Scoliosis may increase the risk of recurrence of lumbar disc herniation after microdiscectomy

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OBJECT

The aim of this paper was to investigate the risk of recurrence of lumbar disc herniation (LDH) in patients with scoliosis who underwent microdiscectomy.

METHODS

A series of consecutive patients who underwent microdiscectomy for LDH was retrospectively reviewed. The inclusion criteria were young adults younger than 40 years who received microdiscectomy for symptomatic 1-level LDH. An exclusion criterion was any previous spinal surgery, including fusion or correction of scoliosis. The patients were divided into 2 groups: those with scoliosis and those without scoliosis. The demographic data in the 2 groups were similar. All medical records and clinical and radiological evaluations were reviewed.

RESULTS

A total of 58 patients who underwent 1-level microdiscectomy for LDH were analyzed. During the mean follow-up of 24.6 months, 6 patients (10.3%) experienced a recurrence of LDH with variable symptoms. The recurrence rate was significantly higher among the scoliosis group than the nonscoliosis group (33.3% vs 2.3%, p = 0.001). Furthermore, the recurrence-free interval in the scoliosis group was short.

CONCLUSIONS

Young adults (< 40 years) with uncorrected scoliosis are at higher risk of recurrent LDH after microdiscectomy.

ABBREVIATIONSBMI = body mass index; LDH = lumbar disc herniation; VAS = visual analog scale.

Abstract

OBJECT

The aim of this paper was to investigate the risk of recurrence of lumbar disc herniation (LDH) in patients with scoliosis who underwent microdiscectomy.

METHODS

A series of consecutive patients who underwent microdiscectomy for LDH was retrospectively reviewed. The inclusion criteria were young adults younger than 40 years who received microdiscectomy for symptomatic 1-level LDH. An exclusion criterion was any previous spinal surgery, including fusion or correction of scoliosis. The patients were divided into 2 groups: those with scoliosis and those without scoliosis. The demographic data in the 2 groups were similar. All medical records and clinical and radiological evaluations were reviewed.

RESULTS

A total of 58 patients who underwent 1-level microdiscectomy for LDH were analyzed. During the mean follow-up of 24.6 months, 6 patients (10.3%) experienced a recurrence of LDH with variable symptoms. The recurrence rate was significantly higher among the scoliosis group than the nonscoliosis group (33.3% vs 2.3%, p = 0.001). Furthermore, the recurrence-free interval in the scoliosis group was short.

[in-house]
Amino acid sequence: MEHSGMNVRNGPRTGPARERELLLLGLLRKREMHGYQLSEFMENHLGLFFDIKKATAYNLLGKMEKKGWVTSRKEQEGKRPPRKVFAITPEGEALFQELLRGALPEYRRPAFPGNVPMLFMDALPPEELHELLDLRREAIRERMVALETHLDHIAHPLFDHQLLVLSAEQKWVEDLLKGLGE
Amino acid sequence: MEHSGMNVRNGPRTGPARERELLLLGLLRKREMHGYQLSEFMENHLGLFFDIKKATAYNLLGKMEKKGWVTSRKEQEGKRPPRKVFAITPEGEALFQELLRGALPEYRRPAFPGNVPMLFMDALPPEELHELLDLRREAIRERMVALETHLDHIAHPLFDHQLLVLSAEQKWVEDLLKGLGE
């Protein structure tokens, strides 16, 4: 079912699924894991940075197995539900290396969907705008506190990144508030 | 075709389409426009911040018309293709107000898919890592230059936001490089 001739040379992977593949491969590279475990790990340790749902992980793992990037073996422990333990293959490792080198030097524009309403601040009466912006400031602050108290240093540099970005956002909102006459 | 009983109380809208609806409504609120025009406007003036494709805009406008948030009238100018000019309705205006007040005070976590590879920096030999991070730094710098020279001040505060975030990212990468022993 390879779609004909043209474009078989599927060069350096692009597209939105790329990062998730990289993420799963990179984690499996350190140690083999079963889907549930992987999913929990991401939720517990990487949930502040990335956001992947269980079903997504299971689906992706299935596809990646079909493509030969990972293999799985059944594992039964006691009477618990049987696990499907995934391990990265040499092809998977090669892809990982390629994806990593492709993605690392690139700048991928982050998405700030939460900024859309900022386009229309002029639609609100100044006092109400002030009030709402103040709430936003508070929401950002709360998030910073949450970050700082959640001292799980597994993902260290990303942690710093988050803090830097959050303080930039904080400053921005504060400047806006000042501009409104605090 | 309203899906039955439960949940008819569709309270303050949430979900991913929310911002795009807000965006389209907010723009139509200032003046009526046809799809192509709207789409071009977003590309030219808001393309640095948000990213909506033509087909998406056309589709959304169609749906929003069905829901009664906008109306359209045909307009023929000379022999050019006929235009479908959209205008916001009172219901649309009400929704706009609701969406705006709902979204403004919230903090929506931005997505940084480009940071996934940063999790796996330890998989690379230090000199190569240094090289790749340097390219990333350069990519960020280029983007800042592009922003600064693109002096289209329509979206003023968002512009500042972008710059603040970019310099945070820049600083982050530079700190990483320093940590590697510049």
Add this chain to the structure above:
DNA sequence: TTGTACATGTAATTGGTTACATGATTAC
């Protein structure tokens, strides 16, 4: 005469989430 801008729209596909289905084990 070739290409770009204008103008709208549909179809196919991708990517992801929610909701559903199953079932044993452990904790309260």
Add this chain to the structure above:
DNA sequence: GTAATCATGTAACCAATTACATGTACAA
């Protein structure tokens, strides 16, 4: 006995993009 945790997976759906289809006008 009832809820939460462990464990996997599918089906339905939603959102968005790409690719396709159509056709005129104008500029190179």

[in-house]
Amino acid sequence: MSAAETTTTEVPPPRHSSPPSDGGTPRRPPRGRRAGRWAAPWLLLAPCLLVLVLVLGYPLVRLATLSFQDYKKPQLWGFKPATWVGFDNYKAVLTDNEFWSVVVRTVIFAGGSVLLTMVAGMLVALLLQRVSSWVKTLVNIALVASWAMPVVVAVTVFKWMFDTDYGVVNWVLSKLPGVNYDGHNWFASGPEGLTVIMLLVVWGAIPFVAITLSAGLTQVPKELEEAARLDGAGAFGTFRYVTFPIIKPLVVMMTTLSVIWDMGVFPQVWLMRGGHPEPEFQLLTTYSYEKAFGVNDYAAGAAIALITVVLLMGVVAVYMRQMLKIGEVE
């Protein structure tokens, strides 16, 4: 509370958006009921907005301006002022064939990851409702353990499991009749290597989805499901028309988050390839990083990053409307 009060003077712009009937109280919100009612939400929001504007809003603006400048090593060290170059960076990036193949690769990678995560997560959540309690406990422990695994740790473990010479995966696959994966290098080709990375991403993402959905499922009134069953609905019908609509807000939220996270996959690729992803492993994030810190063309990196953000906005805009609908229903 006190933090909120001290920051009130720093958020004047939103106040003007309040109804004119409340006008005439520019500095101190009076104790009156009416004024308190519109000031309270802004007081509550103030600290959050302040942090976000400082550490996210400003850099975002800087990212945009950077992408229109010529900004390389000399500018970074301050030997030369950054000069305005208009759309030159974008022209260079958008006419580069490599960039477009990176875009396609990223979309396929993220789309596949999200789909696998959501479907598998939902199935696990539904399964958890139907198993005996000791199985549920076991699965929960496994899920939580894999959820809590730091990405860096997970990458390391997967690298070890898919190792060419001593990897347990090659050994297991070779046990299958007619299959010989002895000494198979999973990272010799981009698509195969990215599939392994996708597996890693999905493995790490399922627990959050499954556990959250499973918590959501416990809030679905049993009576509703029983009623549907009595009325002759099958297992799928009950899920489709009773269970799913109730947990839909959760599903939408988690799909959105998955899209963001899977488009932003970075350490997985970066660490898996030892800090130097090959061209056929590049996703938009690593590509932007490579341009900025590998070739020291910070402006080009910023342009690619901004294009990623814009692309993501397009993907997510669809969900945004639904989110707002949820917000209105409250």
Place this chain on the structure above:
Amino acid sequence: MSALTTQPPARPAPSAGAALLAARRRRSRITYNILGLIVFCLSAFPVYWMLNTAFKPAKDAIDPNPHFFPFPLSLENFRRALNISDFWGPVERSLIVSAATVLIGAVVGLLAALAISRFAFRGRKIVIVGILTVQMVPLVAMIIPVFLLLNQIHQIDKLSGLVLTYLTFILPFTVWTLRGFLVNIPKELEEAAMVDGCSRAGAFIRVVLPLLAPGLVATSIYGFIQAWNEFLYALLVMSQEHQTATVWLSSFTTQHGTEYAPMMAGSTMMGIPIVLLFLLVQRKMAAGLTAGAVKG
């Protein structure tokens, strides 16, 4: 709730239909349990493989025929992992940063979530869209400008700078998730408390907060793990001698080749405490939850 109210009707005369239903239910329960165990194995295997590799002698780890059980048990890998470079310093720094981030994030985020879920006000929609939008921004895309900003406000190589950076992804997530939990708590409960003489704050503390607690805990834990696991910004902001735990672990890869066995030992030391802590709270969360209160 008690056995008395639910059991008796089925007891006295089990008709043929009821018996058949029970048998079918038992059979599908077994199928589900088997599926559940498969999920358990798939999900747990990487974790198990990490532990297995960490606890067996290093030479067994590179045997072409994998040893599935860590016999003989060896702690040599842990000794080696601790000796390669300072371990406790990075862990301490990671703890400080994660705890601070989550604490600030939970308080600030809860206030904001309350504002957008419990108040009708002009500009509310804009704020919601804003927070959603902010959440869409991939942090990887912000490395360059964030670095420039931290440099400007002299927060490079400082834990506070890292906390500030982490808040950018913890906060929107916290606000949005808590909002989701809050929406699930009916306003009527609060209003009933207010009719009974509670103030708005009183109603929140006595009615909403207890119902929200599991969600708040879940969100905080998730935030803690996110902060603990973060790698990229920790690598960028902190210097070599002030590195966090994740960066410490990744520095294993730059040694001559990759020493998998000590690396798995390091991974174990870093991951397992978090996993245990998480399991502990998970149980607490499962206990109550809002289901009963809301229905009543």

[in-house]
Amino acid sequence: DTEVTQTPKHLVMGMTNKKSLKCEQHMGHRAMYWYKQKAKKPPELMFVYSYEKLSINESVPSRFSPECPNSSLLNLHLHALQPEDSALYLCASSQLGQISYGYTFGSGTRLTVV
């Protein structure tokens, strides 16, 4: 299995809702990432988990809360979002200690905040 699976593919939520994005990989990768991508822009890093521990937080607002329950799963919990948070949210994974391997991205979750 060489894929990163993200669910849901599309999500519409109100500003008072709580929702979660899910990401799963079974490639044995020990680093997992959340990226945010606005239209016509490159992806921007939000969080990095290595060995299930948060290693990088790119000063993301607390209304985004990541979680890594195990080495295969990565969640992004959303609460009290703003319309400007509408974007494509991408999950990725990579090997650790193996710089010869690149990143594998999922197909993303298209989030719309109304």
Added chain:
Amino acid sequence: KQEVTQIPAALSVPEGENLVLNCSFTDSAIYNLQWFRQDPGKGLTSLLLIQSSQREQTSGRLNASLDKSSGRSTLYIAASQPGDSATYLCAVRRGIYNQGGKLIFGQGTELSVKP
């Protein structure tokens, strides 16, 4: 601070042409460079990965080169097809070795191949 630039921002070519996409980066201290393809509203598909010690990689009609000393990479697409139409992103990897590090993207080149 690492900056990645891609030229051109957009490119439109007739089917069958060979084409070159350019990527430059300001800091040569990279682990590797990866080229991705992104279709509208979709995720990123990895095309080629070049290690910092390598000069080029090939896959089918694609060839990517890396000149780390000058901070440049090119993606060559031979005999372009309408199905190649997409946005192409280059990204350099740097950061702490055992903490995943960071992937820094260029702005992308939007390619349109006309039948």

CONCLUSIONS

Young adults (< 40 years) with uncorrected scoliosis are at higher risk of recurrent LDH after microdiscectomy.

Lumbar disc herniation (LDH) causing sciatica is one of the most common spinal conditions requiring surgery in neurosurgical practice. Although LDH can often be managed conservatively, resection of the sequestrated disc is usually reserved for symptomatic patients whose condition is refractory to medical treatment for a prolonged time. Also, there are many surgical approaches noted in the literature that have demonstrated effectiveness for the treatment of LDH. In past decades, microdiscectomy through a tubular or expandable retractor has been reported to be efficacious and has become a popular surgical technique.22 This minimally invasive approach is not only clinically effective but also economically cost-effective.16

Most of the LDH patients who received microdiscectomy had satisfactory results.14 However, a portion (5%–15%) of patients will develop LDH recurrence, even after a very successful discectomy.4,5,20 In the literature, it has been reported that the risk factors of recurrent LDH included male sex, old age, cigarette smoking, trauma, diabetes, high body mass index (BMI), occupational heavy weight lifting, and degenerative disc disease.2,3,14,15,20 Furthermore, the degree of annular competence, type of herniation, and protrusion type of LDH have been demonstrated to increase the risk of the recurrence of LDH.10

Patients with adolescent idiopathic scoliosis have altered biomechanics in the lower lumbar spine.7,13 It is not clear whether this change in weight bearing causes a higher incidence of LDH.1 The effect of scoliosis in terms of risk of LDH recurrence is unknown. Therefore, the optimal management of LDH in scoliosis patients remains uncertain.8